Emphasis was placed in clarifying how there could be no preordered right or wrong answers, but rather a varying degree of fittingness and utility depending on how they successfully (or unsuccessfully) set boundaries around their systems and managed to identify sufficiently specific research questions. Similarly, while basic deliverables (such as the business canvas, a final report, and a slide deck) where mandatory for all groups, and students were introduced to a number of different tools and methodologies including personas, customer journeys, service blueprints, no particular requests or restrictions were posed on the students as far as secondary deliverables were concerned, with the explicit goal of allowing each group to develop their own personal representation of their problem space.
At the end of the courses, groups were requested to present their work to the rest of the class in an allotted slot of twenty minutes, and to conduct a public critique aimed at reflecting on their project through the lenses of individual, organizational and societal indicators as they are commonly found in socio-economic evaluations. For each of these we asked the students to formulate how their proposed future states would affect each indicator in respect to the problem areas.
As these courses were implemented and deployed in a period of months, failings were considered an integral part of the process, and meetings were scheduled to evaluate the outcomes after completions. Major preliminary take-aways include:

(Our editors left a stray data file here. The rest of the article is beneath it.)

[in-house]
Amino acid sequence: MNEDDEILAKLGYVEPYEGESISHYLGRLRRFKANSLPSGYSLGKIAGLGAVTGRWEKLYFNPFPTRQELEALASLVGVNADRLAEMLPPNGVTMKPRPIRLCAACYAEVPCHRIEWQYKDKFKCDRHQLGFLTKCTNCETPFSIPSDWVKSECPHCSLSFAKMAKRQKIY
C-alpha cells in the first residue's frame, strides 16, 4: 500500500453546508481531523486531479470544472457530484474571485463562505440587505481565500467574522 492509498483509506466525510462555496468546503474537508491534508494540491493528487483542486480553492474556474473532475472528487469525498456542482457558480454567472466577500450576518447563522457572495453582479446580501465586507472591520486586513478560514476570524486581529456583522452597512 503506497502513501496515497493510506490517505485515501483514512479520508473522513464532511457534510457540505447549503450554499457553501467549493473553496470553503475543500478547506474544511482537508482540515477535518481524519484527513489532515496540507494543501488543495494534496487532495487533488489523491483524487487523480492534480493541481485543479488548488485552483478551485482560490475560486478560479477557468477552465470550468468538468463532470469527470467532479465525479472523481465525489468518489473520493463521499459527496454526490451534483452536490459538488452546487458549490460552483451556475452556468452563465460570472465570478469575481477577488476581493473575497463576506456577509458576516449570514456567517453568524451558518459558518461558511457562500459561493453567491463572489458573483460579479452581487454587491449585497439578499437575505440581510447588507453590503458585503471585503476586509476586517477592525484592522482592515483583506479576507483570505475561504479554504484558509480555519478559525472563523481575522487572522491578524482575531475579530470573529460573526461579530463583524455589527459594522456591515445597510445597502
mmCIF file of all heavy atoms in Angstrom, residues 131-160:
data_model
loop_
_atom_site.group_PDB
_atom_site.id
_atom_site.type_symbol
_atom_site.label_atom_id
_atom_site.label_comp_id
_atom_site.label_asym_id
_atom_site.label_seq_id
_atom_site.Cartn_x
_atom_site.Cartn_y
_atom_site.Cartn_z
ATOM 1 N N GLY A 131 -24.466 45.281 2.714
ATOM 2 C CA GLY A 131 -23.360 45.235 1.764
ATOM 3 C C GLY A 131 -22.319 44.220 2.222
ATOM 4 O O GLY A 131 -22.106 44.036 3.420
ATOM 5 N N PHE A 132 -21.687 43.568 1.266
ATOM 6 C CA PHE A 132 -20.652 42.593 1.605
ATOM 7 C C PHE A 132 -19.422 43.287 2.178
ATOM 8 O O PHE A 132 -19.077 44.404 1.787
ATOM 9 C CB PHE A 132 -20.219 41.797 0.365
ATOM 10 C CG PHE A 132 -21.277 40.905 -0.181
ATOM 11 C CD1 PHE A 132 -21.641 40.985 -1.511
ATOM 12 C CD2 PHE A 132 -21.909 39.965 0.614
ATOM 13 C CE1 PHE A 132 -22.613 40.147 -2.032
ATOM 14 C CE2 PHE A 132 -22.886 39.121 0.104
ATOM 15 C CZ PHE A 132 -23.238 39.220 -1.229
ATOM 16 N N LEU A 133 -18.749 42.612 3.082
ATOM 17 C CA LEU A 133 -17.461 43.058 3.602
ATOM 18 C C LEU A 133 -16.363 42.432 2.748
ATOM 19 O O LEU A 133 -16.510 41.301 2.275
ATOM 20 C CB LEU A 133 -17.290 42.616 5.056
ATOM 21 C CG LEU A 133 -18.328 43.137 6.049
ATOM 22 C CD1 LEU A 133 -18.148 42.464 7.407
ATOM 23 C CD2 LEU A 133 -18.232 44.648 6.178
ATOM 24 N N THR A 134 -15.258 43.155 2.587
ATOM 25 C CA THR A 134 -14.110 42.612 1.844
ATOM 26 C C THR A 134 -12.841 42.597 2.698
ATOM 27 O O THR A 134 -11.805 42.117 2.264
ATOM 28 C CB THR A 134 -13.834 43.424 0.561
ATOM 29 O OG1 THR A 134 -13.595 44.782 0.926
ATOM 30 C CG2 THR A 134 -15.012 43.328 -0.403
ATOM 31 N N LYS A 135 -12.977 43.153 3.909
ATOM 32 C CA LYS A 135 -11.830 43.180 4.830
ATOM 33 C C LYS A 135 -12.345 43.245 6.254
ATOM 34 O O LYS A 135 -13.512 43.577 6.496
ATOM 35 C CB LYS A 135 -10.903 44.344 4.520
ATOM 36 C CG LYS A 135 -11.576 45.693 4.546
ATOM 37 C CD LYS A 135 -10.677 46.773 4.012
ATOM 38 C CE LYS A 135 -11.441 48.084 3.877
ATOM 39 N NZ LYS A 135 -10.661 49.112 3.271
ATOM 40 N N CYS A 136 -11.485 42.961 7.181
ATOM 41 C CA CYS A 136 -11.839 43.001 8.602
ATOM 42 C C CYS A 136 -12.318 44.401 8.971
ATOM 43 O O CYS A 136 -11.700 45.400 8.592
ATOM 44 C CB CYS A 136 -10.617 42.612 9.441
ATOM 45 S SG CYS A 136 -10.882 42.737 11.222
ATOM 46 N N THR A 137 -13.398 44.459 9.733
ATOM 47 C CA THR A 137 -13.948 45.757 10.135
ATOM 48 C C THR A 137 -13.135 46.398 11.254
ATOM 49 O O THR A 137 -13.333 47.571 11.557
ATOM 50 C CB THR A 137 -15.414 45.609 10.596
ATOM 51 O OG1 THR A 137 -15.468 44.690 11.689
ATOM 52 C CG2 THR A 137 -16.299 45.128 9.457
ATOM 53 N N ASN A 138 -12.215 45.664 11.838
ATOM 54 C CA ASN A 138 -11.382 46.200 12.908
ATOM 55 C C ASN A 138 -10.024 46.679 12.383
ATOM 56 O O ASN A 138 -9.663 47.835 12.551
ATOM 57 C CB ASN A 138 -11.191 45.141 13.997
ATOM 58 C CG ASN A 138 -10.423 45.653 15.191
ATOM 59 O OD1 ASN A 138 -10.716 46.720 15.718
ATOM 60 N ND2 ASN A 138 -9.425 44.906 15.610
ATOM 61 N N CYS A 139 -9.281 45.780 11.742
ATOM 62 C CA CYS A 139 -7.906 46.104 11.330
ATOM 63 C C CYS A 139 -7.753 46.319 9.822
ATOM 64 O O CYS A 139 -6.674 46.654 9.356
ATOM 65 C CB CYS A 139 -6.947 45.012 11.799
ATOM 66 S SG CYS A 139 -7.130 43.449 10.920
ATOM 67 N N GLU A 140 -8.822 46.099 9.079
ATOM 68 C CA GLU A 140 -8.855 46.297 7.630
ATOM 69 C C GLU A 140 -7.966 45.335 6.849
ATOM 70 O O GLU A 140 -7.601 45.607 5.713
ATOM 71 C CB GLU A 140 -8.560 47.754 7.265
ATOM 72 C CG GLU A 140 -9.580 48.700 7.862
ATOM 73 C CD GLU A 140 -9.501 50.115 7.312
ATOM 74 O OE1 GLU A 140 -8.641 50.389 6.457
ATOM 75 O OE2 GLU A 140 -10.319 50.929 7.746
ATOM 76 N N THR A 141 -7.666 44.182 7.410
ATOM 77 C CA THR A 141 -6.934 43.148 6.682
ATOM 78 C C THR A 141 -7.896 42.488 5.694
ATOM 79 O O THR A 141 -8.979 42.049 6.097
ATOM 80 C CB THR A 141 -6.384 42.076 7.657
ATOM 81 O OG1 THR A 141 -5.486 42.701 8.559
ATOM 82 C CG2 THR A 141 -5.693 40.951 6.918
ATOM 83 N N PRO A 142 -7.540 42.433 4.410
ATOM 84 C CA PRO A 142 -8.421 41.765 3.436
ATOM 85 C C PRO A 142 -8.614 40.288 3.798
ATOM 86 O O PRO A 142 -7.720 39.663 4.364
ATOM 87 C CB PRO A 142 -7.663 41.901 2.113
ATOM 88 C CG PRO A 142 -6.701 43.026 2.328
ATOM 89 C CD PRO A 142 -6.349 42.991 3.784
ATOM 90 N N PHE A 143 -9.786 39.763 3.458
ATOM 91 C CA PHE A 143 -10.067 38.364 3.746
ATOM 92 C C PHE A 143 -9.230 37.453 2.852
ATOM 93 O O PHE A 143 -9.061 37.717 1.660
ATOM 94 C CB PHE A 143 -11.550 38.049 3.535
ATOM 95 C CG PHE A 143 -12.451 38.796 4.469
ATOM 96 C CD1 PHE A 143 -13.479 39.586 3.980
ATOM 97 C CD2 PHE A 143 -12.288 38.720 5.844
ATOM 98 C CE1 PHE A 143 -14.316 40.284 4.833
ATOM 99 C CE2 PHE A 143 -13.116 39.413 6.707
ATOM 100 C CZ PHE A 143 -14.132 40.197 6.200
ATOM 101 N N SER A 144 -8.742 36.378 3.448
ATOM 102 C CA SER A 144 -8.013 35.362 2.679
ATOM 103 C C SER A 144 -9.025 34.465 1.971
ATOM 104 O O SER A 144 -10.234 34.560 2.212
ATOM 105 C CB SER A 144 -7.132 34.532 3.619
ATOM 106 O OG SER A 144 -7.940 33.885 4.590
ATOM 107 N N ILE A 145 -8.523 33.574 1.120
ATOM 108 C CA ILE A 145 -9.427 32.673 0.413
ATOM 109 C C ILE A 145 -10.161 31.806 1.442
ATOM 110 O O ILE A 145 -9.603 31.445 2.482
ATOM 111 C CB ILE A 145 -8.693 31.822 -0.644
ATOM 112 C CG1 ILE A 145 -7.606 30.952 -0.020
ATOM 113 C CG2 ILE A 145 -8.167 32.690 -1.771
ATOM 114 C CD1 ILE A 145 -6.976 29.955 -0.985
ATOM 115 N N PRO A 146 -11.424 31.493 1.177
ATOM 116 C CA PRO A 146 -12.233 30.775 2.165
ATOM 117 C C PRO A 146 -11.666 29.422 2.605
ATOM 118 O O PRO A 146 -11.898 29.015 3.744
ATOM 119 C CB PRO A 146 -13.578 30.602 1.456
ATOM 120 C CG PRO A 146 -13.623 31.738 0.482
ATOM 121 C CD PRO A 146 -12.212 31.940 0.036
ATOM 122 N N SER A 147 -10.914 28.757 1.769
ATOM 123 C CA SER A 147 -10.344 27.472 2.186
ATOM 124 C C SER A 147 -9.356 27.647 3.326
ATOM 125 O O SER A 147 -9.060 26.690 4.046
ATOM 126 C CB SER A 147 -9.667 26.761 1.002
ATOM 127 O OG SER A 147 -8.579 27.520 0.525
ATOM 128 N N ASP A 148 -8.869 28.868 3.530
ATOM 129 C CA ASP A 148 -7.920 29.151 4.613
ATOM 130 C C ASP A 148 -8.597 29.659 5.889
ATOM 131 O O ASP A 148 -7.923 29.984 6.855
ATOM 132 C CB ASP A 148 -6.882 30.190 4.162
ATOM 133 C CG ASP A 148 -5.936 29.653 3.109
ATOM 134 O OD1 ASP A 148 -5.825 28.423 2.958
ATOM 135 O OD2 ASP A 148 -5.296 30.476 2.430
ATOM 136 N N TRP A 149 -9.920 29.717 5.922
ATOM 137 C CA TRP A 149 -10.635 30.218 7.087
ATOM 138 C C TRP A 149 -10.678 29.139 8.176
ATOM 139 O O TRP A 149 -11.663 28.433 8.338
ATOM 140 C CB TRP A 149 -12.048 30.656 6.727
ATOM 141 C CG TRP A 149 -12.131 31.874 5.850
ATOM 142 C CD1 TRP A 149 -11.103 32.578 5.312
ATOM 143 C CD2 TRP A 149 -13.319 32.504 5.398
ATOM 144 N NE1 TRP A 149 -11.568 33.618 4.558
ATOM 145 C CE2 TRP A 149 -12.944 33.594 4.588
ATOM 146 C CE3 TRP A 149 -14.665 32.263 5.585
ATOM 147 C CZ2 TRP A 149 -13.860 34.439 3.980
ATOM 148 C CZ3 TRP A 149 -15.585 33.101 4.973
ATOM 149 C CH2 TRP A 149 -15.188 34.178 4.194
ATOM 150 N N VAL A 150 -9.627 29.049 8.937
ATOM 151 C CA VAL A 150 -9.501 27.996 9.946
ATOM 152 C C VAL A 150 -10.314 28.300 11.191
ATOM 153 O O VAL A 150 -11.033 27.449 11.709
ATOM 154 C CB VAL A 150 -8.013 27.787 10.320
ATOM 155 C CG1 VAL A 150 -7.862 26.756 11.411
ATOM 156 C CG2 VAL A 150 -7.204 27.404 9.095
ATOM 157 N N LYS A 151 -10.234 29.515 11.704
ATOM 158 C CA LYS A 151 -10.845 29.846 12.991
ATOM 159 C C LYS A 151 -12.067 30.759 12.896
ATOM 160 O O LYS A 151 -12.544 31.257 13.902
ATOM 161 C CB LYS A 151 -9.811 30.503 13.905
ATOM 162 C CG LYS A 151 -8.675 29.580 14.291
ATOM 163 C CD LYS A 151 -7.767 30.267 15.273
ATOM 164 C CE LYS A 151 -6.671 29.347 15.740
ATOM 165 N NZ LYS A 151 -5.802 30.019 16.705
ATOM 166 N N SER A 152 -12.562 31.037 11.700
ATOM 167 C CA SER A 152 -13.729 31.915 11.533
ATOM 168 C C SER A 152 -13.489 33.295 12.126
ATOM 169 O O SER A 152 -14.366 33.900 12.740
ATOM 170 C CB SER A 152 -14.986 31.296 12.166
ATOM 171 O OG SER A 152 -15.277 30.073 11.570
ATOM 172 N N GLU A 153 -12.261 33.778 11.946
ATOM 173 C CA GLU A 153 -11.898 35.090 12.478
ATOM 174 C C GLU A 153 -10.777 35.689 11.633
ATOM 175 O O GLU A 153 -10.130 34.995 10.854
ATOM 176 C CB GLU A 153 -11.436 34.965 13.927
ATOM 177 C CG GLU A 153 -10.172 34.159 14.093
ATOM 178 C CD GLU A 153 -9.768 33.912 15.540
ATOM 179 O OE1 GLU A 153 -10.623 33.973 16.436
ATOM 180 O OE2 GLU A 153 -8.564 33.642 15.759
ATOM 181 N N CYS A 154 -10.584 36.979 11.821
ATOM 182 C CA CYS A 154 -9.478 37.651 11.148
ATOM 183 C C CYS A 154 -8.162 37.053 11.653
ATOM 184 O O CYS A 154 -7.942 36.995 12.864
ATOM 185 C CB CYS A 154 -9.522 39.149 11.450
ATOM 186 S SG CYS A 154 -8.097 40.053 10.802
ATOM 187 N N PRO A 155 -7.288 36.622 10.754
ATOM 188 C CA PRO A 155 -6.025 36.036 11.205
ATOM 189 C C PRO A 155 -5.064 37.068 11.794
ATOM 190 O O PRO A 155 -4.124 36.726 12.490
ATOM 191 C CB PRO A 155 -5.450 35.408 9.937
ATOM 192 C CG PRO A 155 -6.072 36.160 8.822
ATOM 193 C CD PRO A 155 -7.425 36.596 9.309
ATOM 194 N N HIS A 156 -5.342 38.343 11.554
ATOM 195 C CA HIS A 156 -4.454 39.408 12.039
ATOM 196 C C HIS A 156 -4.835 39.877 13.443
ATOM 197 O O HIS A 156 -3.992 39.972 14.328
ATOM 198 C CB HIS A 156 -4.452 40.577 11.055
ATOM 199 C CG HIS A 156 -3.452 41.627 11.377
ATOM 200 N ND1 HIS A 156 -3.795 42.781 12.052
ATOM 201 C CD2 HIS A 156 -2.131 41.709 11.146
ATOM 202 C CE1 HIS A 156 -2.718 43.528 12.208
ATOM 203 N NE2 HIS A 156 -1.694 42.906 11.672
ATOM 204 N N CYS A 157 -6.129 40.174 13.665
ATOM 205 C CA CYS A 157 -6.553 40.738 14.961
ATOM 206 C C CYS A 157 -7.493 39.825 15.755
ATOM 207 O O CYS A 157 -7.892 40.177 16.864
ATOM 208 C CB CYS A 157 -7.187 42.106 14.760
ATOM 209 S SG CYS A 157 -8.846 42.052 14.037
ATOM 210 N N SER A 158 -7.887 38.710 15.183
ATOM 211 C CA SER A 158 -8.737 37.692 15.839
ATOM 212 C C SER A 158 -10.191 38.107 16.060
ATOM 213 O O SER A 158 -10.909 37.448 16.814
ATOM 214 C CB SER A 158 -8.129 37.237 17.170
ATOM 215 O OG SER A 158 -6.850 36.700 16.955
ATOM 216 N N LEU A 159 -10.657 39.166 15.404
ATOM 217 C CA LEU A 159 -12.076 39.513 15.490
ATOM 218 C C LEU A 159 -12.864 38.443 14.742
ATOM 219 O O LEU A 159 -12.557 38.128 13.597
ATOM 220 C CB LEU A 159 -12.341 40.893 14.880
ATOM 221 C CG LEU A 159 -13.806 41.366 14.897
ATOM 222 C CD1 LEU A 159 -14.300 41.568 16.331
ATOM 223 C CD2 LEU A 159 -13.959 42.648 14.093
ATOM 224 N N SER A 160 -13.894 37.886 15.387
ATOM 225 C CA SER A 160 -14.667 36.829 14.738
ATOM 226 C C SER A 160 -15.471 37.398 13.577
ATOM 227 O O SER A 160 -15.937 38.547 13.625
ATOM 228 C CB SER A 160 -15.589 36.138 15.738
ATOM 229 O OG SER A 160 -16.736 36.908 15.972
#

The students founds the visual approach of some of the tools and methodologies adopted challenging. This at times resulted in increased pressure on the teachers and in generalized requests for step-by-step guidance: a brainstorming session for using the business model canvas became a painstakingly slow detailed explanation of every single action to be performed.
The examination process for courses of this type, where students are evaluated through a weighted combination of individual and group performances, has to be rebooted since the classical academic project report methods (e.g. IMRAD) do not provide a full picture of what the project parts were about and of the impact they have. And while a better and more suitable examination process is auspicable, conformity to the examination rules given by the Swedish regulatory body needs to be maintained.
The courses was perceived to offer no real boundaries, which implied that students were at loss as to what they would be judged upon. While this was intentional and deliberate, it made them feel insecure and was a major cause of delays and misunderstandings.
On the other hand, all post-mortem assessments concorded that the course offered a liberating hands-on approach that allowed students to create connections between their work in the class, and messy situations they are confronted with when dealing with real-life projects. Similarly, students appreciated the possibility to turn their intuitions into visual representations: they simply could not do it well. This could be solved by introducing targeted lectures combining the theoretical foundations of the different lenses or approaches with hands-on workshops where the students get to work with the tools and reflect on them while still having easy access to a lecturer whenever questions should arise.